There are more than 4,000 miles between Silver Spring, Maryland, and the Malian capital of Bamako, but that distance melted away earlier this month when a delegation from Mali paid a visit to the Takoma Park/Silver Spring Campus.
Led by the Malian Minister of Higher Education and Scientific Research, Etienne Baranshamaje, the delegation visited the Takoma Park/Silver Spring Campus on December 8 to gain insights to the American community college model. Baranshamaje says the Malian government “is keen to introduce a community college system” because of its many advantages in relation to education challenges the country faces.
“It was an honor to host our friends and higher education colleagues from Mali to discuss American community colleges and how MC makes education affordable and accessible to all,” says Dr. Brad Stewart, vice president and provost at the College’s Takoma Park/Silver Spring Campus. “Montgomery College is a global institution not only to our students who hail from 160 countries, but to our international partners including China, India, Ethiopia, and today, our visitors from Mali.”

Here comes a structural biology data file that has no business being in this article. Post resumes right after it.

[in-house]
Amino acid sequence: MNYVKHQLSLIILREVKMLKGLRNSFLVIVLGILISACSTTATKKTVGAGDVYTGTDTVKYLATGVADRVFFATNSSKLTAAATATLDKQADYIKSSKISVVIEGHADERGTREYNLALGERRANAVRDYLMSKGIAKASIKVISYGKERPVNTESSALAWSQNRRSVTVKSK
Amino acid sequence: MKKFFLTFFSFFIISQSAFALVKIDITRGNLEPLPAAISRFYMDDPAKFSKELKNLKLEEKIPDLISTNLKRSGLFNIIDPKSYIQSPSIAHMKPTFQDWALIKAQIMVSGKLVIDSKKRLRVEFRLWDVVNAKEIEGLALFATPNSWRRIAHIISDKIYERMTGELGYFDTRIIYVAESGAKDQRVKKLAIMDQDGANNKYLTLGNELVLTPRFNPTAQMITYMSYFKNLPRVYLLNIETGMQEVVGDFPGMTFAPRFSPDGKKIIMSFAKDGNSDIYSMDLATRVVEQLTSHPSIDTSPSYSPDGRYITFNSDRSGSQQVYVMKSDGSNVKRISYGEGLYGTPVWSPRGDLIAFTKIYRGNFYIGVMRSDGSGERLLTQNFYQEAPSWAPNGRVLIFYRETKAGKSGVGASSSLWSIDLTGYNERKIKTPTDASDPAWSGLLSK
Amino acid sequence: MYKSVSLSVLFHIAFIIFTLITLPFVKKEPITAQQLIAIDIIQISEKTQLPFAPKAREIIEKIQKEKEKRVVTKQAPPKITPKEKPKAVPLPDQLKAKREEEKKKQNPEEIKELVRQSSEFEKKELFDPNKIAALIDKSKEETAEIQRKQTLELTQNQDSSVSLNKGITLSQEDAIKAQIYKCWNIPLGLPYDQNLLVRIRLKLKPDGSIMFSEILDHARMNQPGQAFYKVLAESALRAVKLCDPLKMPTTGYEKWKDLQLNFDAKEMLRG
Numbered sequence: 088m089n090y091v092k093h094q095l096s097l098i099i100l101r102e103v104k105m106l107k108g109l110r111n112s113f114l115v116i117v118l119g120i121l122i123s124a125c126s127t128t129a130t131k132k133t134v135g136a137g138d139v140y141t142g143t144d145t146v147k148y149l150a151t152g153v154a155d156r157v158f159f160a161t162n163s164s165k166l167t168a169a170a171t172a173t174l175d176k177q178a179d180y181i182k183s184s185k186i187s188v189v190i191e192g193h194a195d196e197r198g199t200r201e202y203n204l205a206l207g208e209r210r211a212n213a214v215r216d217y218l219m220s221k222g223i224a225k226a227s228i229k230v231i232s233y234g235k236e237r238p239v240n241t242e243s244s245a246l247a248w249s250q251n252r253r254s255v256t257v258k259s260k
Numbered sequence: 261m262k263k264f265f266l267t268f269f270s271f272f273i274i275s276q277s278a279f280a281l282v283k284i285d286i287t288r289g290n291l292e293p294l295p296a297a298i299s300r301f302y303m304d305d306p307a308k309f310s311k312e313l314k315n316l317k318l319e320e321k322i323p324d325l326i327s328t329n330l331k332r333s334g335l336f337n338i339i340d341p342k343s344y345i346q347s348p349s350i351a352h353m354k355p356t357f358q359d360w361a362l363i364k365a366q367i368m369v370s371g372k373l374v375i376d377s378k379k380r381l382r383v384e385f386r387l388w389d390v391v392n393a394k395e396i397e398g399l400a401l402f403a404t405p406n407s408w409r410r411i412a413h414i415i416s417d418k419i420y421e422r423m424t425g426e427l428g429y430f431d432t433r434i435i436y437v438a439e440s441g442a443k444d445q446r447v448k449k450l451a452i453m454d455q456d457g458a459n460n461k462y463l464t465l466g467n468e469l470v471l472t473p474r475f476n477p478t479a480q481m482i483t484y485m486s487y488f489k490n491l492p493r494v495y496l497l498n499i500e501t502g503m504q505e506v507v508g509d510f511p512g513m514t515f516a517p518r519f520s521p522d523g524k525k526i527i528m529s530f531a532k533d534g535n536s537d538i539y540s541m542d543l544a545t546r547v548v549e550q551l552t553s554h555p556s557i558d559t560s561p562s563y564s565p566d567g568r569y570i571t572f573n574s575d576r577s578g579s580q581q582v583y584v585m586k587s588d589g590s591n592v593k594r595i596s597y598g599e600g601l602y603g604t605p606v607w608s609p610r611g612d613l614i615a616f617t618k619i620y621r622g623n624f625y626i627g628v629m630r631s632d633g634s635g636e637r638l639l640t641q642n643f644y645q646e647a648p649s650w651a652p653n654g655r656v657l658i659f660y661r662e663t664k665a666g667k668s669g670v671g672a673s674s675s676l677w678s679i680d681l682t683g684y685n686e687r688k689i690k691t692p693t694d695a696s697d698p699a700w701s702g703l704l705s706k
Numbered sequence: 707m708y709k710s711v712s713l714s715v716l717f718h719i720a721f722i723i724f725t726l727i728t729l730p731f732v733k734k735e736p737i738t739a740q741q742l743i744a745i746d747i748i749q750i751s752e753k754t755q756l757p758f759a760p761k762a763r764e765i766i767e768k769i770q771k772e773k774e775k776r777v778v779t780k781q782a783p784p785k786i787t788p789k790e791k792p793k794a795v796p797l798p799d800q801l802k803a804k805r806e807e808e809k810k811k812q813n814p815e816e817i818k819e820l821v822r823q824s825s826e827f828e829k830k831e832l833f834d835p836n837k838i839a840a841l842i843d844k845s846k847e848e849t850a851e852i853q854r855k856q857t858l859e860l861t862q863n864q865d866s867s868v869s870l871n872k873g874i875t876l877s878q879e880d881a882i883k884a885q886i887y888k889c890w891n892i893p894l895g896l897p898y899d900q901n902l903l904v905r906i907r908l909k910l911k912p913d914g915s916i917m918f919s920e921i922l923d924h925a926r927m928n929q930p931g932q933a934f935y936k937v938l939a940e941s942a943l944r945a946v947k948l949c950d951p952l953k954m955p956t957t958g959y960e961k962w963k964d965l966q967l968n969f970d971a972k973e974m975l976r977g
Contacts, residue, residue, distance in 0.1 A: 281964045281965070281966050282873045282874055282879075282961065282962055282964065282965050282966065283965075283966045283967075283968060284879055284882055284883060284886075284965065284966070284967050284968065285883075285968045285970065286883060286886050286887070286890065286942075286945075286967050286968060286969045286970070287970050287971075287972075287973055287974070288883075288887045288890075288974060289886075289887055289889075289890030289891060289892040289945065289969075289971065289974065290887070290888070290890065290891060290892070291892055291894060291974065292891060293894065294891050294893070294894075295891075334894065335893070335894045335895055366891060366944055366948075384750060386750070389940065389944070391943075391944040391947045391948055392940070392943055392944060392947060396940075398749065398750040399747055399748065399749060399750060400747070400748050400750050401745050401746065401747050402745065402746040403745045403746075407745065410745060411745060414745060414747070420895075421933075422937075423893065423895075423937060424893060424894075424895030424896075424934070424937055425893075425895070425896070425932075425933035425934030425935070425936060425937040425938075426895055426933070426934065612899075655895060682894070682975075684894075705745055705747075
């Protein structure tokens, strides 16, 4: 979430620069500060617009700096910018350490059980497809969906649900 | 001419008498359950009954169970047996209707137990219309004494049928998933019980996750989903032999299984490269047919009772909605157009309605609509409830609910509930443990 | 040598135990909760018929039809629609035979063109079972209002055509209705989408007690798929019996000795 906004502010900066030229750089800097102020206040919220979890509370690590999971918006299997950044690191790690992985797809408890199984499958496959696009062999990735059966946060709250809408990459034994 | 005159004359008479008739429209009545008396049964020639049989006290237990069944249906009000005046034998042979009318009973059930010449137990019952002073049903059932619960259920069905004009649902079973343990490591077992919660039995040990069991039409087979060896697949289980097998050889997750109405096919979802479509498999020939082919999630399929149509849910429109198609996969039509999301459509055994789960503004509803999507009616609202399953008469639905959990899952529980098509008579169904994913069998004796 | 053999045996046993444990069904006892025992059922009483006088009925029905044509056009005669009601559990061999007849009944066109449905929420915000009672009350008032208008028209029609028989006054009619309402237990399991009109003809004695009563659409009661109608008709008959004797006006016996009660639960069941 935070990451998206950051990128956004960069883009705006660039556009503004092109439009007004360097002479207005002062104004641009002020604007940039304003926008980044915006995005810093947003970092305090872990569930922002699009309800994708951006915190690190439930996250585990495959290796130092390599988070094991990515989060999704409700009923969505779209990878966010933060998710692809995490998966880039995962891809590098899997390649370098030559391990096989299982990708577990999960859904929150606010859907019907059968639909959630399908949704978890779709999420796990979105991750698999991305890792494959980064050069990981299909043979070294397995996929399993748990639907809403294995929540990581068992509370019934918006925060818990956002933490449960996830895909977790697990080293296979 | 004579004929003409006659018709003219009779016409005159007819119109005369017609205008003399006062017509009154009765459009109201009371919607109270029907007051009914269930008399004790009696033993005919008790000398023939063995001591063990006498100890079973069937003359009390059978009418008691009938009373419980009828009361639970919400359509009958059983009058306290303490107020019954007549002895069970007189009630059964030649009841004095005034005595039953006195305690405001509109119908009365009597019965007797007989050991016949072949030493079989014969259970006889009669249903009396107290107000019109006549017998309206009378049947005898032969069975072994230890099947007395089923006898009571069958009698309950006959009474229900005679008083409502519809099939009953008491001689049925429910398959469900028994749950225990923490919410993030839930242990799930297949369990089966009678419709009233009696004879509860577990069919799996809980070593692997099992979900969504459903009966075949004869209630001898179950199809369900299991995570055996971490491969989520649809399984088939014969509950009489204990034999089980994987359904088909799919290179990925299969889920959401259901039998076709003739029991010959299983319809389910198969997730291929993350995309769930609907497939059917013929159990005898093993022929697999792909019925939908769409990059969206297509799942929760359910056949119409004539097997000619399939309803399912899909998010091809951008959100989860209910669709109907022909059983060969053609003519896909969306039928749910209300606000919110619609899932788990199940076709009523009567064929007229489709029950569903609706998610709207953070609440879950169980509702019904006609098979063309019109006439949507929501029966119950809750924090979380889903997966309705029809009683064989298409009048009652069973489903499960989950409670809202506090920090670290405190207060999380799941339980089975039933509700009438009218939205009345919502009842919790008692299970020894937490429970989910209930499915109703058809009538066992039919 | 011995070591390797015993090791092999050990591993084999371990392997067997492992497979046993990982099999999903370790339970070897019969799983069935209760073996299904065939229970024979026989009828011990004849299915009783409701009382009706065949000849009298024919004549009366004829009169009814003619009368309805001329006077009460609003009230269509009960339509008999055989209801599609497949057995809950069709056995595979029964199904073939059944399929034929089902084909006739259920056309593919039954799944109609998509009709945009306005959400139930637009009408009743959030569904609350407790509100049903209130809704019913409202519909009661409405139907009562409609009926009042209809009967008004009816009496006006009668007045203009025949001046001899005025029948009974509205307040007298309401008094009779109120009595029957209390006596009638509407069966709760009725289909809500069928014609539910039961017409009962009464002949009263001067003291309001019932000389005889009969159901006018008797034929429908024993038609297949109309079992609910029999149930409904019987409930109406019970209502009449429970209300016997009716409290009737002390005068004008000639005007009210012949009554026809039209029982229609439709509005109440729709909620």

Mr. Baranshamaje specifically requested a visit to what he called a “locally and nationally renowned community college.” The College is no stranger to Mr. Baranshamaje, whose daughter is a student at MC.
The College’s nursing staff gave a walking tour of the health sciences programs, including the simulation labs and cutting-edge facilities of the Health Sciences Building. The delegates also listened to presentations about the College’s administration, funding, and governance, as well as MC’s academic programs, student support services, and much more. Dean Ed Roberts shared information from Workforce Development and Continuing Education programs, which was a special request from the delegation.
In Mali, one of the challenges education leaders face is finding qualified instructors. For example, the workforce development department, which has an ongoing project financed by the World Bank, is looking for training offerings in many occupational trades but can’t find classroom instructors. The delegation would want to discuss the prospects for possible collaboration.
The delegation included five Malian university rectors, the director of the school of agriculture, the director of higher education, an adviser to the minister, the director of workforce development, the manager of the World Bank/Netherlands-financed Higher Education project, the World Bank team leader in charge of the education portfolio in Mali, a representative from the Netherlands government, and Mr. Baranshamaje.